The temperature of the substrate even at a depth where defects are introduced can be raised to some extent without the substrate surface being heated excessively. This allows the implementation of both the activation of implanted ions and the repair of introduced defects without any damage to the substrate.

According to still another aspect of the invention, the heat treatment apparatus includes the following: a holder for holding a substrate; a flash lamp for irradiating a substrate held by the holder with light; and a switching element connected in series to the flash lamp, a capacitor, and a coil; and an energization controller for controlling the energization of the flash lamp by turning the switching element on or off. The energization controller is configured first to turn the switching element on so as to increase an emission output of the flash lamp to a target value, and then to repeat the turning on and off of the switching element so as to achieve a stable state where the emission output of the flash lamp is maintained within a range of plus or minus 20% from the target value.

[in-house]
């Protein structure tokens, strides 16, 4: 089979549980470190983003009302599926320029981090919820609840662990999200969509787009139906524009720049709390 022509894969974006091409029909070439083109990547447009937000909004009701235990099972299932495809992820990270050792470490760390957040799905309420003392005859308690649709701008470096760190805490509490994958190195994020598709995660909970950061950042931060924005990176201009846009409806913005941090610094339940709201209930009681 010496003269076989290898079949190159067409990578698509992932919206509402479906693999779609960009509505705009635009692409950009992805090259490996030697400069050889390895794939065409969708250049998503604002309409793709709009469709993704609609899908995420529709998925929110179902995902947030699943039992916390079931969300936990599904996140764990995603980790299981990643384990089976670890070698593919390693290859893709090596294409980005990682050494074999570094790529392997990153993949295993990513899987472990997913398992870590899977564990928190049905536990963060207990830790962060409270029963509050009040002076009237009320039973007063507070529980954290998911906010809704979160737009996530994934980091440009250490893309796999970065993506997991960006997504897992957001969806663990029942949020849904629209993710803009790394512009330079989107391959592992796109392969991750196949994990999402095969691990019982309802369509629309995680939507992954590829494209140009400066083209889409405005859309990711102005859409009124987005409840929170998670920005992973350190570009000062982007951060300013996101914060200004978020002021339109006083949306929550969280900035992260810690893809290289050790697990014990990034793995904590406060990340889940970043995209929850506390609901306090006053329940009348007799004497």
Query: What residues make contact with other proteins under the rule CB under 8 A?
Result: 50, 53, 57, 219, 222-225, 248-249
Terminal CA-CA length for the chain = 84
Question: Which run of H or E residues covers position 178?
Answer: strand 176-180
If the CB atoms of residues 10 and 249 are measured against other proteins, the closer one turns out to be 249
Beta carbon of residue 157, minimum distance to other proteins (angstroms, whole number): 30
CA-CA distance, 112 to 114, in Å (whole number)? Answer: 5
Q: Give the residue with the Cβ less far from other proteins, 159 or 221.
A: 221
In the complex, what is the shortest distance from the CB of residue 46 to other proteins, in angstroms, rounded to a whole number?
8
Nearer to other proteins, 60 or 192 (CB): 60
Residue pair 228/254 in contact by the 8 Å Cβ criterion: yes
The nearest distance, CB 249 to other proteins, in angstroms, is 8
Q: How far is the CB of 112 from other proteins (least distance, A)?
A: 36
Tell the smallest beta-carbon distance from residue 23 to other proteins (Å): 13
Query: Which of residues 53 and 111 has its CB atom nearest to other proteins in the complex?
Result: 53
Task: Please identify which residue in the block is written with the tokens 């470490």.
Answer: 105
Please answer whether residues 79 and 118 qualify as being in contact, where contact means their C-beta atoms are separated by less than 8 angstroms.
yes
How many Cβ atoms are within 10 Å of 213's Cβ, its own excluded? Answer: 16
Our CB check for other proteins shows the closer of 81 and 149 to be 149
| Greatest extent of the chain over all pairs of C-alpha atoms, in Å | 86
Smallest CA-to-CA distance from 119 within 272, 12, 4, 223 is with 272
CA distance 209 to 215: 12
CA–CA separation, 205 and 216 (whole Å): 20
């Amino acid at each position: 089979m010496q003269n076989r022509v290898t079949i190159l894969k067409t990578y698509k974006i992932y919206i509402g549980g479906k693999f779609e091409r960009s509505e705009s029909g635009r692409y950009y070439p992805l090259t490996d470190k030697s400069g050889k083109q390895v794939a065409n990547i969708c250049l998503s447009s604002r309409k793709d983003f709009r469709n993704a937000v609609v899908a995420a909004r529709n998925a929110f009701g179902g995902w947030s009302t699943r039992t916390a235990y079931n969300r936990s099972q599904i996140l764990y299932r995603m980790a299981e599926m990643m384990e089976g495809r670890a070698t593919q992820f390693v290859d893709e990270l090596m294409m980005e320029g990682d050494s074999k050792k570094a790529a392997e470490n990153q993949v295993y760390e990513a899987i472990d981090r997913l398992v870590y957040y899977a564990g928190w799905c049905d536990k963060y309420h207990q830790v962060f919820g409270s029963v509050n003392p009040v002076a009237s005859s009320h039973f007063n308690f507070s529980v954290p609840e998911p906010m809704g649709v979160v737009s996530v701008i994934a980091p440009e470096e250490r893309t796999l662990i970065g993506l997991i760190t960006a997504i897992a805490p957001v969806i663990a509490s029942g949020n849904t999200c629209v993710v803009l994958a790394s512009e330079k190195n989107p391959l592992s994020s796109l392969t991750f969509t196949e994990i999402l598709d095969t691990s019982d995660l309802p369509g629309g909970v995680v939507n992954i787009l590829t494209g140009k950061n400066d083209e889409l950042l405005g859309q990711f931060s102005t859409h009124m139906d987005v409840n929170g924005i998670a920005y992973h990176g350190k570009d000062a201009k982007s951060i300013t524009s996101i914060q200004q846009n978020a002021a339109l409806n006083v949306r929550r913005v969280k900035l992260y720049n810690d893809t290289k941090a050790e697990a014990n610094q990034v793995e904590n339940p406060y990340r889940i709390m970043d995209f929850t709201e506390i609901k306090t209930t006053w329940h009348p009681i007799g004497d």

The light emission from the flash lamp allows the temperature of the substrate even at a depth where defects are introduced to be raised to some extent without the substrate surface being heated excessively. This allows the implementation of both the activation of implanted ions and the repair of introduced defects without any damage to the substrate.

Preferably, the energization controller is configured to repeat the turning on and off of the switching element in such a manner that, during the stable state, a combination of an ON-state period of a given time and a subsequent plurality of ON-state periods, each of which is shorter than the given time, is repeated a plurality of times.